HILO, the eastern gateway to the Big Island, is built around Hilo Bay, celebrated in song and dance. The peaks of MAUNA LOA and MAUNA KEA, whose slopes trap life-giving rains, dominate the lush, verdant windward region of the island. A busy farming and fishing population center during ancient Hawaiian times, it evolved into a busy commercial center for sugar production and the island’s county government seat. It now services the major agricultural transition taking place as East Hawaii moves from historical large-scale sugar plantations into smaller scale, diversified farming.
American missionaries arrived in Hilo in 1823 and less than 20 years later, the kingdom had become a Christian nation. Extensive records and journals were kept that today provide invaluable data. These photographs and artifacts can be found at THE LYMAN HOUSE MEMORIAL MUSEUM located in downtown Hilo. Its artifact collection of Hawaiian and other major ethnic immigrant groups presents a fascinating look at the Big Island’s multi-cultural heritage. Interpreted tours of the Lyman family’s early 19th century mission house will take the visitor back almost 200 years in time.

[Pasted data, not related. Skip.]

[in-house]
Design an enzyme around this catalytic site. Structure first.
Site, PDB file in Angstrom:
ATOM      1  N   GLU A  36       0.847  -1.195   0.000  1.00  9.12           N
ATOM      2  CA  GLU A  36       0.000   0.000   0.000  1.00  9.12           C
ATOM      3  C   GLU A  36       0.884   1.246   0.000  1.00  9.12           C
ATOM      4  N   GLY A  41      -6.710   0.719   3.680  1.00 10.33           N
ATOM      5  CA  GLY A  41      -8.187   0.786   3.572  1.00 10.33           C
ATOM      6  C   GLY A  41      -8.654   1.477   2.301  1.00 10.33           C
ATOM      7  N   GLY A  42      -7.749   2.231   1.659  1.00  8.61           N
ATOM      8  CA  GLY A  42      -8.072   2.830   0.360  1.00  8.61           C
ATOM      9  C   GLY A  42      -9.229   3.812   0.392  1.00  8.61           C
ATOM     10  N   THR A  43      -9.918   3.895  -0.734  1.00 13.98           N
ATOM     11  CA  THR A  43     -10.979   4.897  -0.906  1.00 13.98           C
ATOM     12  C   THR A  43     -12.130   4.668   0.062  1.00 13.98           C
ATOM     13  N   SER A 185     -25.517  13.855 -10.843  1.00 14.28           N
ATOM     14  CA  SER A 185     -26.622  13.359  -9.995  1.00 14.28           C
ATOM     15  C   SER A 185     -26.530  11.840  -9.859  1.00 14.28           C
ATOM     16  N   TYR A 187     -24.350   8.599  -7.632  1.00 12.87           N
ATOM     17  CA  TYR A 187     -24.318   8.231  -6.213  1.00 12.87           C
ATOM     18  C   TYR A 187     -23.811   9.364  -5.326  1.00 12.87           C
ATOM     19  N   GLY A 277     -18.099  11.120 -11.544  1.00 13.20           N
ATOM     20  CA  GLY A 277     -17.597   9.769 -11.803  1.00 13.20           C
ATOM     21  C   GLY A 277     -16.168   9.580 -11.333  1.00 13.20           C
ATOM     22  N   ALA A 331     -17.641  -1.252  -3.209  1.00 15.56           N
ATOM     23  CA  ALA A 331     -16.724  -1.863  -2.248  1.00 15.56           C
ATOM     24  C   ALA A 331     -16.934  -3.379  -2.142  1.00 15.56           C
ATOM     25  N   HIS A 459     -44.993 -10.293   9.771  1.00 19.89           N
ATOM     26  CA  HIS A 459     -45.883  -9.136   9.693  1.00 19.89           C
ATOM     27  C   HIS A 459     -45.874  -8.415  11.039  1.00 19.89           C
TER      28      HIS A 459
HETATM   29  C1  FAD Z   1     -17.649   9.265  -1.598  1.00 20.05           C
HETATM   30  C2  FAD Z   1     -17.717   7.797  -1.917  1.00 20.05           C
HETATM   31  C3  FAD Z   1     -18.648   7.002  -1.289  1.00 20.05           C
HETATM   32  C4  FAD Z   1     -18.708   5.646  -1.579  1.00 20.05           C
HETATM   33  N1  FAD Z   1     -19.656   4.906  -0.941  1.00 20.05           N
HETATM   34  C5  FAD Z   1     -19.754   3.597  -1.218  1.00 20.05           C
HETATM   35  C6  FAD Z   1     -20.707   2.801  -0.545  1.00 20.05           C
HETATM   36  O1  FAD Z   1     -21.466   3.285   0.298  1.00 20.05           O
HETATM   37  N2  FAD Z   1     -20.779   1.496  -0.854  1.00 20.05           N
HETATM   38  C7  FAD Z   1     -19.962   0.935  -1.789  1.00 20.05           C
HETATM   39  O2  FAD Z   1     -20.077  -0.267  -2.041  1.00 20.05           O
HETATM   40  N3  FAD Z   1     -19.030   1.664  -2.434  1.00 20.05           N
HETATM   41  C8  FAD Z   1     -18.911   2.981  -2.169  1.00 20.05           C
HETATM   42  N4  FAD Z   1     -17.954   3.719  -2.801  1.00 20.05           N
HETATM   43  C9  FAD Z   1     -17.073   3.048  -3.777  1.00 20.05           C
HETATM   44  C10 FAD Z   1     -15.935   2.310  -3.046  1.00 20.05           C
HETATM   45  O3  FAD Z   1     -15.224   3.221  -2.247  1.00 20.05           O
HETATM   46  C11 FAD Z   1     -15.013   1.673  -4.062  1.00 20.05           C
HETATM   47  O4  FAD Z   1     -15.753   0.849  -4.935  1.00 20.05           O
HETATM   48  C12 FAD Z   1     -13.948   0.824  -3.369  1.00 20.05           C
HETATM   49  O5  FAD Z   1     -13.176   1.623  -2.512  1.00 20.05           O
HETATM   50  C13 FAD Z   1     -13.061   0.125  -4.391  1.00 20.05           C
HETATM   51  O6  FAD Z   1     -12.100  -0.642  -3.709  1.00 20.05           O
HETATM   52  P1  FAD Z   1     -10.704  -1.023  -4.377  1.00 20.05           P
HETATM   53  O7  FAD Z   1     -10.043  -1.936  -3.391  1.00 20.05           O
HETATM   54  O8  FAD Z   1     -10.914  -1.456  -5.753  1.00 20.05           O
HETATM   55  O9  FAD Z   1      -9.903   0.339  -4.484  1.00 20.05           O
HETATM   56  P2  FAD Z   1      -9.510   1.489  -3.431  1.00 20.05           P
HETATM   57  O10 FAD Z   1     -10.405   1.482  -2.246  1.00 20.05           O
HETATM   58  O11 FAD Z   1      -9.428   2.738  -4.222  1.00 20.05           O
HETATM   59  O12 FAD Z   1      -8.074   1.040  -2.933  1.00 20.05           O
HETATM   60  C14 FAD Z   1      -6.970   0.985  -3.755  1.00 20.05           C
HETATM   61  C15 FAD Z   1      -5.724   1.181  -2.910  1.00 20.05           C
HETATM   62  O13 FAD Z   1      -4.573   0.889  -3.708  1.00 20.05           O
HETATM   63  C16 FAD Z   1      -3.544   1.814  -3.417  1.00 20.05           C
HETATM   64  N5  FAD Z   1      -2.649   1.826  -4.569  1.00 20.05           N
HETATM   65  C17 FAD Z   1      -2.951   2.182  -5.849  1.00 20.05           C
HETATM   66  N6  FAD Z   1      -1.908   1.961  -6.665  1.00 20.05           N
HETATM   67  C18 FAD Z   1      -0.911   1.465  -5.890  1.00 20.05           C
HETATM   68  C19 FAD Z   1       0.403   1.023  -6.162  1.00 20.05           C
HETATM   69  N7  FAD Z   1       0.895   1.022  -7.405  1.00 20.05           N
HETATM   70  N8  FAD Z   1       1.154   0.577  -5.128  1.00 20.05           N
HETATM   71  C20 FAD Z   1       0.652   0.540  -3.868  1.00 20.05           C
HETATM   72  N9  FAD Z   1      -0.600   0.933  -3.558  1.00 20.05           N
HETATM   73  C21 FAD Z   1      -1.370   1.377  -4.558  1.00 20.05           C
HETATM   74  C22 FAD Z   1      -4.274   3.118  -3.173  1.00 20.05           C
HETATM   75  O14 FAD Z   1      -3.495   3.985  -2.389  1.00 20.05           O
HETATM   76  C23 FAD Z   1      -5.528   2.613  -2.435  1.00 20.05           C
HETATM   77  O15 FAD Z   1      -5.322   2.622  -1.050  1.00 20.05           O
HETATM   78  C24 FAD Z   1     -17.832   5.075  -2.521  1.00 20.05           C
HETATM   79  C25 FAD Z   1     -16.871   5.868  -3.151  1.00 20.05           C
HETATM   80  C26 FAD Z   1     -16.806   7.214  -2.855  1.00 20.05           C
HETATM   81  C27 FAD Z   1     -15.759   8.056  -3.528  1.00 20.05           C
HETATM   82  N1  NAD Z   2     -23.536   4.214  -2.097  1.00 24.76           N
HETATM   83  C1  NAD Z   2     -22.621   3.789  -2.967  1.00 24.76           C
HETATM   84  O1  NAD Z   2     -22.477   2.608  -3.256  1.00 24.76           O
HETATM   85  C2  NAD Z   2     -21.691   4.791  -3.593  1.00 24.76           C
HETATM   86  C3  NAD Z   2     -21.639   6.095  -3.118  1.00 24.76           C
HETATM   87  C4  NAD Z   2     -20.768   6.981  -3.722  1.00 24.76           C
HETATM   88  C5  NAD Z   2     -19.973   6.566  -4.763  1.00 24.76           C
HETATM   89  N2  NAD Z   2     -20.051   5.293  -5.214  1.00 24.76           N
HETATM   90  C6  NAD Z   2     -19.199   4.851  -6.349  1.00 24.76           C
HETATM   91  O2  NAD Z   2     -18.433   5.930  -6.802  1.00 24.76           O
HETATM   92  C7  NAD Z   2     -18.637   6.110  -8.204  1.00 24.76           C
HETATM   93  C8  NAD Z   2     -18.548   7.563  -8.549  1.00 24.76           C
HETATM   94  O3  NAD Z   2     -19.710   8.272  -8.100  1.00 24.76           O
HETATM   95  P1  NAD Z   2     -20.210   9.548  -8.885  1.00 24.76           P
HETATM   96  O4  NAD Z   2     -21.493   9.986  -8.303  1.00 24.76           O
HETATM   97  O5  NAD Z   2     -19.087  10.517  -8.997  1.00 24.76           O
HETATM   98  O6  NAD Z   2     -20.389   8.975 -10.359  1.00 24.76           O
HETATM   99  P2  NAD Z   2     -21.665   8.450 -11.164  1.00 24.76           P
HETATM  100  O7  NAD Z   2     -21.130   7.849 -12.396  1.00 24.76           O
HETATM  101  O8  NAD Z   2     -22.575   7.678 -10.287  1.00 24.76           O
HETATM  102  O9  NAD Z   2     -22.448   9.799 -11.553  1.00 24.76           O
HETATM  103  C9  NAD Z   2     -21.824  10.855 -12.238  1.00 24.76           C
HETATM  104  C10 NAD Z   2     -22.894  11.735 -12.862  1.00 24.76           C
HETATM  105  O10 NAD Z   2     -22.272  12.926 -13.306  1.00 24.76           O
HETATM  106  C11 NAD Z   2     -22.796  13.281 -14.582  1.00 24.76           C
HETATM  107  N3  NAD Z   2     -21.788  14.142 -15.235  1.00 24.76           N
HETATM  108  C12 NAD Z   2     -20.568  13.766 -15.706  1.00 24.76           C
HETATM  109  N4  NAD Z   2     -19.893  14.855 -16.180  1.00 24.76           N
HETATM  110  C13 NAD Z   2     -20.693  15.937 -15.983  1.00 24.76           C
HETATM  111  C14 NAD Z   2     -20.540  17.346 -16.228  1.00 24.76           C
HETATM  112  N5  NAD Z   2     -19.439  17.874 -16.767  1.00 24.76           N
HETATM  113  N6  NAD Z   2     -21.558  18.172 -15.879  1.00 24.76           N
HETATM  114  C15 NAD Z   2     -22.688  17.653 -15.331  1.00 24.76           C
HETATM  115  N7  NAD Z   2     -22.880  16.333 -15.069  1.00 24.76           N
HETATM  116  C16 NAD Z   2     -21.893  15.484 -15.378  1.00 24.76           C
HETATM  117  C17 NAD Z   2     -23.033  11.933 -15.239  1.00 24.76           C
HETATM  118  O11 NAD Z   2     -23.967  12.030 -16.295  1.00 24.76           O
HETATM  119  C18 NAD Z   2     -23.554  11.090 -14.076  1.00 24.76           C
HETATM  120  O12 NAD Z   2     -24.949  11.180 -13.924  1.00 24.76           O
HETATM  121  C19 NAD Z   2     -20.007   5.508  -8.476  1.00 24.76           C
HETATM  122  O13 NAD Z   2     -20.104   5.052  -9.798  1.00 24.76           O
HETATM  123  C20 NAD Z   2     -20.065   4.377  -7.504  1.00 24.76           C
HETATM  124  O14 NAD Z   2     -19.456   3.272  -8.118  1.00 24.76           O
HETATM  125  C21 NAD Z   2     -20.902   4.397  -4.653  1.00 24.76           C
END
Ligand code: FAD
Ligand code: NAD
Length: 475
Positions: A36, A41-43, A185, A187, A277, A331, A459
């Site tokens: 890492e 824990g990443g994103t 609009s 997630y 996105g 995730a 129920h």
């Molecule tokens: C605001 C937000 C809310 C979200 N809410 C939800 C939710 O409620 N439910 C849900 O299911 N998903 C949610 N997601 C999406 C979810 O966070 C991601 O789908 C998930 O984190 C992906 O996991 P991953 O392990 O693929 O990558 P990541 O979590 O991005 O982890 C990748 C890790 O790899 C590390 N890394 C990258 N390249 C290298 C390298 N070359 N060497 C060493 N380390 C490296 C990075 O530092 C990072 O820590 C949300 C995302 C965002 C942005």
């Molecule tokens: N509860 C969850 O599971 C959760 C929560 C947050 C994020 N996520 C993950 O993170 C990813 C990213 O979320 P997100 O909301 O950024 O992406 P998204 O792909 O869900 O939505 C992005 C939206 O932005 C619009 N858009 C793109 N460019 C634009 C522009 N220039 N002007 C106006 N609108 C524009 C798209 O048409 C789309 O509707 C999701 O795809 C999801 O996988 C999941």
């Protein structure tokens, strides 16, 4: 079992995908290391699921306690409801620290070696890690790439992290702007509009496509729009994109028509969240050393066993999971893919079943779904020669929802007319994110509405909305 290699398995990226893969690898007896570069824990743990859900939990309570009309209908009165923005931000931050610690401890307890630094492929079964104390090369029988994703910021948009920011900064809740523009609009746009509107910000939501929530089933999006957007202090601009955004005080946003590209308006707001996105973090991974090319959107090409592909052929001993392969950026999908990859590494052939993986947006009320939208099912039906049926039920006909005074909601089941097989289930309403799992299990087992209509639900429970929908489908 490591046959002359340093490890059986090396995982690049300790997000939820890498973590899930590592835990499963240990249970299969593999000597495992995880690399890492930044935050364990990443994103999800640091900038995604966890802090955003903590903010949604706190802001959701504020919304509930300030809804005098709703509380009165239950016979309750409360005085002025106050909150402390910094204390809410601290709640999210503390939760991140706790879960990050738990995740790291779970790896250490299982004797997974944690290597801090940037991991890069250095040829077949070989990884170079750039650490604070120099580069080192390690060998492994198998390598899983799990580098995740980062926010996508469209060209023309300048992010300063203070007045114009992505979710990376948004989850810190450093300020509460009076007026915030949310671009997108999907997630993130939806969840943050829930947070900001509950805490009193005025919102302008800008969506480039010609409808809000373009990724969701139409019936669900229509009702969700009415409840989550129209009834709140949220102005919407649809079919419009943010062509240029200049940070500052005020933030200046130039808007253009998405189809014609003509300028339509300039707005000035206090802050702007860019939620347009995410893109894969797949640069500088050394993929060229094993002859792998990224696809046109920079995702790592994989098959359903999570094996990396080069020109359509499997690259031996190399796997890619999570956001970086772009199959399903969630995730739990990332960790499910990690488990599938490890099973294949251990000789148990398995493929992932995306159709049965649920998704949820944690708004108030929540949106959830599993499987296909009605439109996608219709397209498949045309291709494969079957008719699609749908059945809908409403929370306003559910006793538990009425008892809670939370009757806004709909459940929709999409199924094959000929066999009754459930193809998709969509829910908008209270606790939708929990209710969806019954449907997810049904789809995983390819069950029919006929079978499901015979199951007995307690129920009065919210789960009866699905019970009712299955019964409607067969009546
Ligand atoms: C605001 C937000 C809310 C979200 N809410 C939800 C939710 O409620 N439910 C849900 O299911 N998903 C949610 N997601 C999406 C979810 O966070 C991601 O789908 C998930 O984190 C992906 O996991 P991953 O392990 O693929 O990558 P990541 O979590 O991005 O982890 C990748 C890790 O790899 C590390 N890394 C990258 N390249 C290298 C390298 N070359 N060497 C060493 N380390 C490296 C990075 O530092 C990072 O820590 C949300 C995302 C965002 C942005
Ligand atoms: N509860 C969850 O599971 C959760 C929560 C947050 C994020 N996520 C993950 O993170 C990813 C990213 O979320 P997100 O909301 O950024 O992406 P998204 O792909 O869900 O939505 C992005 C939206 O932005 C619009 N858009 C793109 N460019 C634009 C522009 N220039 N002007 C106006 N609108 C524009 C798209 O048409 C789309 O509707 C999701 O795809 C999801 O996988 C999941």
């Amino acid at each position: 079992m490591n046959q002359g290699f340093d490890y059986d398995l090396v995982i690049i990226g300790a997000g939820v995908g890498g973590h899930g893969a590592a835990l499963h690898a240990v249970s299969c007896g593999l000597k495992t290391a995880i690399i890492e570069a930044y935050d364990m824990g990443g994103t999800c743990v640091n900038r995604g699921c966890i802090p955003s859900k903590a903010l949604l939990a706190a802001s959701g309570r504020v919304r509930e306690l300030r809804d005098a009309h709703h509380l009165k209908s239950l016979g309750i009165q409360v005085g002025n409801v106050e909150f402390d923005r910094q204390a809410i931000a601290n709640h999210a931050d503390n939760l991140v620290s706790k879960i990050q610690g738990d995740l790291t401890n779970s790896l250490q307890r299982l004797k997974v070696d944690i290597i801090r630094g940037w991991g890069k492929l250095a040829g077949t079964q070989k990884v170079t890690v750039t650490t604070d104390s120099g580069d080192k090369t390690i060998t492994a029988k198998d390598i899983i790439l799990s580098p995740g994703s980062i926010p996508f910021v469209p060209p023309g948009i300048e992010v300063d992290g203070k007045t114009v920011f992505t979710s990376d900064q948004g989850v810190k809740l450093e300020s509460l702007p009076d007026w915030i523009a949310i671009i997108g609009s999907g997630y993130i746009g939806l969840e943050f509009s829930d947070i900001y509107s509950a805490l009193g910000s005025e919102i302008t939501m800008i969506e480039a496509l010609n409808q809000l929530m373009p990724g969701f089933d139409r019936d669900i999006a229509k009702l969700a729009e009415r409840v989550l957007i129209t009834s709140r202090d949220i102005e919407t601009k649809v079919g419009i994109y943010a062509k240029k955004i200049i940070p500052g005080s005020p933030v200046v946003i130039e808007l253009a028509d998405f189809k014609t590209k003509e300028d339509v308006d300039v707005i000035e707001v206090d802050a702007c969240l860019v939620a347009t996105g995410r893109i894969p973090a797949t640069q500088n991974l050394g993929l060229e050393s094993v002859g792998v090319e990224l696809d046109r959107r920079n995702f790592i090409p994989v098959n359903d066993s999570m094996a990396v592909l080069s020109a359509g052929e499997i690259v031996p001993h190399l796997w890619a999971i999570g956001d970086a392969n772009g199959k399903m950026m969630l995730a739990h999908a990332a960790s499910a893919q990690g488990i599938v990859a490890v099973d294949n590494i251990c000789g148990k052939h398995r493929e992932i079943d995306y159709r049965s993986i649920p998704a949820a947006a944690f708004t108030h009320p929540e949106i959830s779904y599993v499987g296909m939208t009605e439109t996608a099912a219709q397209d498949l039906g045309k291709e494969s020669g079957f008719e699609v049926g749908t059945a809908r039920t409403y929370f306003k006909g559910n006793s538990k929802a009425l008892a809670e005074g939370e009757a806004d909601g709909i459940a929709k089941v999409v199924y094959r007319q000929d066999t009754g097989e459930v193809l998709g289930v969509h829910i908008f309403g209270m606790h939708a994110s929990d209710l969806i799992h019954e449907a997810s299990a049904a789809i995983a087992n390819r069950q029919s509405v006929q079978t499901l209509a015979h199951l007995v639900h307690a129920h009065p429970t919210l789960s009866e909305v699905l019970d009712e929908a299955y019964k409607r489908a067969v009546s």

The power of tsunami, or tidal wave, is respected by Big Islanders many of whom have personally experienced this awesome force of nature. Displays at the PACIFIC TSUNAMI MUSEUM on Bayfront Drive give visitors a picture of the havoc wreaked by devastating giant waves in 1946 and 1960. Up the street, the EAST HAWAII CULTURAL CENTER shows off the work of local artists at the historic Police Station building in “old town” Hilo. Below the center is the historic district Piopio and Waiolama, the launching site of King Kamehameha’s 400 war canoes on their voyage to unify the islands, commemorated by an epic statue of Hawaii’s first monarch.